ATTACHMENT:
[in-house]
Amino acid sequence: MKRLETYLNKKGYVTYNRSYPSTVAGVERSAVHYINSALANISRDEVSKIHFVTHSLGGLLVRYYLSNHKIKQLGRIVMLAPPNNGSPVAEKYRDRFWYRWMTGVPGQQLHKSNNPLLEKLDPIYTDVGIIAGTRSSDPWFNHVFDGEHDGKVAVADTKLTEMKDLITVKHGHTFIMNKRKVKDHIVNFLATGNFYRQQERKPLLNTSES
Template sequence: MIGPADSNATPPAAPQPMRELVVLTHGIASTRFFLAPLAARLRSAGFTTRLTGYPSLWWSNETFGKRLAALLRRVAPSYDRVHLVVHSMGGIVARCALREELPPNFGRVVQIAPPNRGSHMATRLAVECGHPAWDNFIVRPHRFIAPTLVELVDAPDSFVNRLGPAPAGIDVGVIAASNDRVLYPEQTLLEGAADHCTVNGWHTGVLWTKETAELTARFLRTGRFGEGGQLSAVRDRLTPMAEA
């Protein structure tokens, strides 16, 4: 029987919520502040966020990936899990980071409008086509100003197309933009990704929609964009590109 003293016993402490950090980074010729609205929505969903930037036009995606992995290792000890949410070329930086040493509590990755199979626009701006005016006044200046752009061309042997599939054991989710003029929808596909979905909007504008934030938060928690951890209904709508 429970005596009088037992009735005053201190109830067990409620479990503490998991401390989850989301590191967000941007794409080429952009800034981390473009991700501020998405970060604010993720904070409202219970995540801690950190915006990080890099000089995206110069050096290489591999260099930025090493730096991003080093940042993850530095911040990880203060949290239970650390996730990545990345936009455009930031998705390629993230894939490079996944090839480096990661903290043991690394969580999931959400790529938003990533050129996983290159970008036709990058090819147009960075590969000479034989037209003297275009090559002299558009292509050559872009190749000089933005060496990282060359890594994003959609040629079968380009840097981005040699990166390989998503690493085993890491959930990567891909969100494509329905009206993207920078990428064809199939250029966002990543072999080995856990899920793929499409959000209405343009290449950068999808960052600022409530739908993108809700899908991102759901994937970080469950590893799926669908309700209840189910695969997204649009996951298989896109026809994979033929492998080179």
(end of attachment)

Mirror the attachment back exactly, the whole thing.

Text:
[in-house]
Amino acid sequence: MKRLETYLNKKGYVTYNRSYPSTVAGVERSAVHYINSALANISRDEVSKIHFVTHSLGGLLVRYYLSNHKIKQLGRIVMLAPPNNGSPVAEKYRDRFWYRWMTGVPGQQLHKSNNPLLEKLDPIYTDVGIIAGTRSSDPWFNHVFDGEHDGKVAVADTKLTEMKDLITVKHGHTFIMNKRKVKDHIVNFLATGNFYRQQERKPLLNTSES
Template sequence: MIGPADSNATPPAAPQPMRELVVLTHGIASTRFFLAPLAARLRSAGFTTRLTGYPSLWWSNETFGKRLAALLRRVAPSYDRVHLVVHSMGGIVARCALREELPPNFGRVVQIAPPNRGSHMATRLAVECGHPAWDNFIVRPHRFIAPTLVELVDAPDSFVNRLGPAPAGIDVGVIAASNDRVLYPEQTLLEGAADHCTVNGWHTGVLWTKETAELTARFLRTGRFGEGGQLSAVRDRLTPMAEA
């Protein structure tokens, strides 16, 4: 029987919520502040966020990936899990980071409008086509100003197309933009990704929609964009590109 003293016993402490950090980074010729609205929505969903930037036009995606992995290792000890949410070329930086040493509590990755199979626009701006005016006044200046752009061309042997599939054991989710003029929808596909979905909007504008934030938060928690951890209904709508 429970005596009088037992009735005053201190109830067990409620479990503490998991401390989850989301590191967000941007794409080429952009800034981390473009991700501020998405970060604010993720904070409202219970995540801690950190915006990080890099000089995206110069050096290489591999260099930025090493730096991003080093940042993850530095911040990880203060949290239970650390996730990545990345936009455009930031998705390629993230894939490079996944090839480096990661903290043991690394969580999931959400790529938003990533050129996983290159970008036709990058090819147009960075590969000479034989037209003297275009090559002299558009292509050559872009190749000089933005060496990282060359890594994003959609040629079968380009840097981005040699990166390989998503690493085993890491959930990567891909969100494509329905009206993207920078990428064809199939250029966002990543072999080995856990899920793929499409959000209405343009290449950068999808960052600022409530739908993108809700899908991102759901994937970080469950590893799926669908309700209840189910695969997204649009996951298989896109026809994979033929492998080179």